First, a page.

The failed summit between President Donald Trump and North Korean leader Kim Jong Un has “injected an element of uncertainty” to the outlook of a U.S.-China trade deal, said Derek Scissors, an economist at the American Enterprise Institute.
Prior to the summit, Scissors said it seemed clear the U.S. and China trade talks were on track toward an agreement, and Trump was effusive in his praise of Chinese President Xi Jinping in the runup to the North Korea talks.
Now, this calculus could be upset, especially if the president detects China played a role in his failed talks in Hanoi, Scissors said Thursday during a presentation at the National Association for Business Economics.
“If it were the case… that the president came to conclude that China had not done what he thought they were going to do, that would be a serious threat to the trade deal,” he said.
The summit with North Korea “personally mattered to the president,” he added.
Scissors said a shift in Trump’s attitude toward Xi is still not his “base case” forecast. He said there is about “a 20% chance” now that we might get a very different presidential attitude on a trade deal, he said.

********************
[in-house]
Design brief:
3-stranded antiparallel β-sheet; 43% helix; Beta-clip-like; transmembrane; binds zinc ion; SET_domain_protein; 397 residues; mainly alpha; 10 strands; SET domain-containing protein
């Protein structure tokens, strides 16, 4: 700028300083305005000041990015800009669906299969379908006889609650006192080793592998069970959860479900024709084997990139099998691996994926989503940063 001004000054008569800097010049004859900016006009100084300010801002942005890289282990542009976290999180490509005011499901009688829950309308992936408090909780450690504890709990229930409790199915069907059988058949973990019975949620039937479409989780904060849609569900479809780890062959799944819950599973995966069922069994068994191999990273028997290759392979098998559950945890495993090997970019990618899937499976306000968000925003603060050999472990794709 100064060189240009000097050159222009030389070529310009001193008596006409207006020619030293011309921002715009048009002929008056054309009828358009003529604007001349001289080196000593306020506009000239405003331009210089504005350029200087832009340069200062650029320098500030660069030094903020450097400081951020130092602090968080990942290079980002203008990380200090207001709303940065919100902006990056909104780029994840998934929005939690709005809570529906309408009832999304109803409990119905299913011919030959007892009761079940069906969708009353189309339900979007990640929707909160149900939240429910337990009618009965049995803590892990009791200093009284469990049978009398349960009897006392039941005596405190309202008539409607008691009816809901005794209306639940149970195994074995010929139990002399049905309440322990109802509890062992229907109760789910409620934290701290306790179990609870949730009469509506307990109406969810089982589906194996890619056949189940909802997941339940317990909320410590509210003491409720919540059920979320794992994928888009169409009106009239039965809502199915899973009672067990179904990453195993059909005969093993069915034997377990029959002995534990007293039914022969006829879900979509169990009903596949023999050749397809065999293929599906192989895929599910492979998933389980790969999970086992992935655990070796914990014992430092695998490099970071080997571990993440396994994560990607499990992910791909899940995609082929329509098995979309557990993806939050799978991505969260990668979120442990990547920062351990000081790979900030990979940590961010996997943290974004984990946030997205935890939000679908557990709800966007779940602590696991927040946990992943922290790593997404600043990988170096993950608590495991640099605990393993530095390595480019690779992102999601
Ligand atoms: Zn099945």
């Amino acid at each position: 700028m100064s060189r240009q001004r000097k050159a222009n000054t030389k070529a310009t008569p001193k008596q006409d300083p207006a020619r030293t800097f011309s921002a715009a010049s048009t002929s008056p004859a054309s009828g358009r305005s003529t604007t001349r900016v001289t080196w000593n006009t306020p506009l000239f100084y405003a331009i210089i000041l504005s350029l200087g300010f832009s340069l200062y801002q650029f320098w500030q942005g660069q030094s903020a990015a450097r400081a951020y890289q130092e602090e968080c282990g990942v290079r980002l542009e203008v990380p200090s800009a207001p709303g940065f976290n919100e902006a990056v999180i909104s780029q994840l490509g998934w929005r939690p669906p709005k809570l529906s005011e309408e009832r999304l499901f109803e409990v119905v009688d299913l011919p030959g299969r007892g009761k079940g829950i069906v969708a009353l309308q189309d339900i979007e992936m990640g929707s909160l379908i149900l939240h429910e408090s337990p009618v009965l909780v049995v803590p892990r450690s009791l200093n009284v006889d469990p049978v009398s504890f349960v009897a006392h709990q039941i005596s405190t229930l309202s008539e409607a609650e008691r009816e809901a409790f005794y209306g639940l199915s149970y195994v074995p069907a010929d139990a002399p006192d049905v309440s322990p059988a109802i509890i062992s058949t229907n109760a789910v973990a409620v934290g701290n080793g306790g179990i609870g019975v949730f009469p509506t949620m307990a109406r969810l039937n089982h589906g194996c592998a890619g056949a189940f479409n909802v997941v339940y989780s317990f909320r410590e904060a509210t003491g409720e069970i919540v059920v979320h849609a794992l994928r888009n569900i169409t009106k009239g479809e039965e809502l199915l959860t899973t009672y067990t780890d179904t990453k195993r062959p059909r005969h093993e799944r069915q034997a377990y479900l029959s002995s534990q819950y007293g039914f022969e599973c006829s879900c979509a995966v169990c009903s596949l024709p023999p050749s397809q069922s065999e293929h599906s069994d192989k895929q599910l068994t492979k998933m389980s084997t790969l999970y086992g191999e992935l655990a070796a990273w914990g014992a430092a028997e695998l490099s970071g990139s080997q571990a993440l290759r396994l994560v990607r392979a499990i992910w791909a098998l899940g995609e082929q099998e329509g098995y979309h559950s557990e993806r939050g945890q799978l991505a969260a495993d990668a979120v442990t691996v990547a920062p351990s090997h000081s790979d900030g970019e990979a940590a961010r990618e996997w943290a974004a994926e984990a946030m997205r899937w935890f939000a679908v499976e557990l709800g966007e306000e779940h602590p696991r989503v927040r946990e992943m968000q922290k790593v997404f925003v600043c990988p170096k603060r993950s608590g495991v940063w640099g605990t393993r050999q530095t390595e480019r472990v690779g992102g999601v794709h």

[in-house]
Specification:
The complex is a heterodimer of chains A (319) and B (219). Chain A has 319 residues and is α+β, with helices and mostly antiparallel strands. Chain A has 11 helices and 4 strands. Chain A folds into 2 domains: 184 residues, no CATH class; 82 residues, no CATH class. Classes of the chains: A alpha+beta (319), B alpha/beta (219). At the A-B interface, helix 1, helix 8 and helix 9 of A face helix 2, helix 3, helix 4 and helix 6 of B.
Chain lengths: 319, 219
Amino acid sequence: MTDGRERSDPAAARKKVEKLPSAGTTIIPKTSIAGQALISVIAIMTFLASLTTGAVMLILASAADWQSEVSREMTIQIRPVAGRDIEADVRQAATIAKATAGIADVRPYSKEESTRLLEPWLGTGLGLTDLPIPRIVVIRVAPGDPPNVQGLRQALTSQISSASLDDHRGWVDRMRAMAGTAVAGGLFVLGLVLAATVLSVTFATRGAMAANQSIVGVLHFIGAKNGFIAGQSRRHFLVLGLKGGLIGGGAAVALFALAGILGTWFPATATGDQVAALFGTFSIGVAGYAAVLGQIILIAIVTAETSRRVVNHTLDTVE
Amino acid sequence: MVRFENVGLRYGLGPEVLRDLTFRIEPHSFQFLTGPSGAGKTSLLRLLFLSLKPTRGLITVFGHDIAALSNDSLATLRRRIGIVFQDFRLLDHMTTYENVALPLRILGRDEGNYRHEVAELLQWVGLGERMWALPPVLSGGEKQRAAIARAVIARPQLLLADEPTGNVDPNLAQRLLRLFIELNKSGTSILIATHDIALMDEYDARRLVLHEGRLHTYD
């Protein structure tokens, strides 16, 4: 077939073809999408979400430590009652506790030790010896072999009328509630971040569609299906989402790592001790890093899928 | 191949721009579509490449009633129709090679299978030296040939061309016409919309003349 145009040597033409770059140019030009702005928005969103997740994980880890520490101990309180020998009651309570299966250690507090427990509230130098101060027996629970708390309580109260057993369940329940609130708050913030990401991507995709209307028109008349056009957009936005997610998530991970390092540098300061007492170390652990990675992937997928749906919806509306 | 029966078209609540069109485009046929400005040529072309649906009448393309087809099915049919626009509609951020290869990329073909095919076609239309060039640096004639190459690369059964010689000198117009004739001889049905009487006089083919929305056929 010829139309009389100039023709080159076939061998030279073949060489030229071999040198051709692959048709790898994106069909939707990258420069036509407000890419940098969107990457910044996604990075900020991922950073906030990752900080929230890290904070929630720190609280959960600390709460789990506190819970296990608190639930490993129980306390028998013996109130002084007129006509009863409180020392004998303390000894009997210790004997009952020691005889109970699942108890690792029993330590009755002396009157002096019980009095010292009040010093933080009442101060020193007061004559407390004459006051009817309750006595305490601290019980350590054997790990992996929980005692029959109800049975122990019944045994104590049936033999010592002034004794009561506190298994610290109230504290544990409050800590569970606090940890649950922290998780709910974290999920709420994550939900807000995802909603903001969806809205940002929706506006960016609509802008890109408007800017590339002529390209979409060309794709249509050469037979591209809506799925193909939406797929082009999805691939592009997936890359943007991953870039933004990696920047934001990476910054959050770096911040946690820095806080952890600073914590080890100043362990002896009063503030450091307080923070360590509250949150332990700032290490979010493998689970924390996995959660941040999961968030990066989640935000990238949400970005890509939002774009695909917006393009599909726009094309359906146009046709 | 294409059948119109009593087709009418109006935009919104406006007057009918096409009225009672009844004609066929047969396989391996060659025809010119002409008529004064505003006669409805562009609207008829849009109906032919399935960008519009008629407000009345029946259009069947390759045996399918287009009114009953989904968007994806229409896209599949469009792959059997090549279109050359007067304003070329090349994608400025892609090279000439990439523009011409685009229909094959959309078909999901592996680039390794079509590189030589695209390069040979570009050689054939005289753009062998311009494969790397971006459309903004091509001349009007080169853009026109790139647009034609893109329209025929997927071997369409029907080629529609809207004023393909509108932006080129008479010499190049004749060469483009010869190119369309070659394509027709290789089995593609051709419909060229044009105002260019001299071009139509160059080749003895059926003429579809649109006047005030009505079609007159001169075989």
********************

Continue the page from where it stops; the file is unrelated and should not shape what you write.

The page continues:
Yasheng Huang, a professor at MIT’s Sloan School of Management, said Trump’s abrupt departure from the talks with North Korea may be a “signal to Xi.”
He said Trump might have staged the walkout to show that he could walk away from any deal.
“This might catch Xi’s attention,” Huang said.
Overall, Scissors was dismissive of the outlines of the trade deal that had been emerging from the U.S.-China talks.
He said that Trump decided in November he wanted an agreement and is accepting one that China was willing to accept as soon as the president was sworn in.
“We’re just not having a serious discussion,” Scissors said.
It looks like China is going to buy some commodities in return for removal of the threat of 25% tariffs, he said. “This deal could have been literally at the start of the Trump administration.”
And leaks from the talks that China has agreed not to devalue its currency are not new, Scissors said, noting that Chinese officials promised not to weaken the yuan 20 years ago and have kept their promise.
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